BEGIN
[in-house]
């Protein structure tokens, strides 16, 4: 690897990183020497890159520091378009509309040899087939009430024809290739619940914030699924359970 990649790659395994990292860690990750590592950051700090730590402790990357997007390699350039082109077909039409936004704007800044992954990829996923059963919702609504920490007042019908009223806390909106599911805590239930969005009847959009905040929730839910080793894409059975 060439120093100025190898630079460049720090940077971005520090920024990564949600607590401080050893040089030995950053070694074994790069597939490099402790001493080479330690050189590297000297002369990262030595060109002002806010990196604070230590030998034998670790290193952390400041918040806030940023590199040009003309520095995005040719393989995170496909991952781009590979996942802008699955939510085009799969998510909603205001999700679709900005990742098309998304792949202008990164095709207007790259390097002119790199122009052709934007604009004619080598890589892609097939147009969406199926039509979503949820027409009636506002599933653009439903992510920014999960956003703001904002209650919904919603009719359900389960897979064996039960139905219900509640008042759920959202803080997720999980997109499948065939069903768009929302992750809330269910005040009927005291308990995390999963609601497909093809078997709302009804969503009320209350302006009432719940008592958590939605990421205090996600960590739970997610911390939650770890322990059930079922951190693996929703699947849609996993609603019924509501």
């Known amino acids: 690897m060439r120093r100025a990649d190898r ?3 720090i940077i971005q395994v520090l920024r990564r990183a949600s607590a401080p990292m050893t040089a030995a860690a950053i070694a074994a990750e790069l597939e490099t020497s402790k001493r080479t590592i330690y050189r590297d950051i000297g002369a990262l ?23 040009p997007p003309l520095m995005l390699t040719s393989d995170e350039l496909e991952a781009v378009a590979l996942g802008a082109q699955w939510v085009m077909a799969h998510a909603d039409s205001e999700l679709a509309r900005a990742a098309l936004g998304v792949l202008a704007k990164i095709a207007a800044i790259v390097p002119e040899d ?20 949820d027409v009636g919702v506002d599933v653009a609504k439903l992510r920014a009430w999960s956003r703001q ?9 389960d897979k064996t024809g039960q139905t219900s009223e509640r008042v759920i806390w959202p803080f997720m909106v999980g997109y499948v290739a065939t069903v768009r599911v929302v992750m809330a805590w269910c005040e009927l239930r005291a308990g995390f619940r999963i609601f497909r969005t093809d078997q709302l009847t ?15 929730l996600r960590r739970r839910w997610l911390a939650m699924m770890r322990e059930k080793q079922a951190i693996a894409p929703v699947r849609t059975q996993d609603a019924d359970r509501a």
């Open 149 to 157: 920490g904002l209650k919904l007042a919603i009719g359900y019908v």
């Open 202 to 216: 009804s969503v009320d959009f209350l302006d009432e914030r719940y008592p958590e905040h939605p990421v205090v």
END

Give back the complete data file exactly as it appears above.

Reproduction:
[in-house]
């Protein structure tokens, strides 16, 4: 690897990183020497890159520091378009509309040899087939009430024809290739619940914030699924359970 990649790659395994990292860690990750590592950051700090730590402790990357997007390699350039082109077909039409936004704007800044992954990829996923059963919702609504920490007042019908009223806390909106599911805590239930969005009847959009905040929730839910080793894409059975 060439120093100025190898630079460049720090940077971005520090920024990564949600607590401080050893040089030995950053070694074994790069597939490099402790001493080479330690050189590297000297002369990262030595060109002002806010990196604070230590030998034998670790290193952390400041918040806030940023590199040009003309520095995005040719393989995170496909991952781009590979996942802008699955939510085009799969998510909603205001999700679709900005990742098309998304792949202008990164095709207007790259390097002119790199122009052709934007604009004619080598890589892609097939147009969406199926039509979503949820027409009636506002599933653009439903992510920014999960956003703001904002209650919904919603009719359900389960897979064996039960139905219900509640008042759920959202803080997720999980997109499948065939069903768009929302992750809330269910005040009927005291308990995390999963609601497909093809078997709302009804969503009320209350302006009432719940008592958590939605990421205090996600960590739970997610911390939650770890322990059930079922951190693996929703699947849609996993609603019924509501």
């Known amino acids: 690897m060439r120093r100025a990649d190898r ?3 720090i940077i971005q395994v520090l920024r990564r990183a949600s607590a401080p990292m050893t040089a030995a860690a950053i070694a074994a990750e790069l597939e490099t020497s402790k001493r080479t590592i330690y050189r590297d950051i000297g002369a990262l ?23 040009p997007p003309l520095m995005l390699t040719s393989d995170e350039l496909e991952a781009v378009a590979l996942g802008a082109q699955w939510v085009m077909a799969h998510a909603d039409s205001e999700l679709a509309r900005a990742a098309l936004g998304v792949l202008a704007k990164i095709a207007a800044i790259v390097p002119e040899d ?20 949820d027409v009636g919702v506002d599933v653009a609504k439903l992510r920014a009430w999960s956003r703001q ?9 389960d897979k064996t024809g039960q139905t219900s009223e509640r008042v759920i806390w959202p803080f997720m909106v999980g997109y499948v290739a065939t069903v768009r599911v929302v992750m809330a805590w269910c005040e009927l239930r005291a308990g995390f619940r999963i609601f497909r969005t093809d078997q709302l009847t ?15 929730l996600r960590r739970r839910w997610l911390a939650m699924m770890r322990e059930k080793q079922a951190i693996a894409p929703v699947r849609t059975q996993d609603a019924d359970r509501a």
């Open 149 to 157: 920490g904002l209650k919904l007042a919603i009719g359900y019908v």
């Open 202 to 216: 009804s969503v009320d959009f209350l302006d009432e914030r719940y008592p958590e905040h939605p990421v205090v």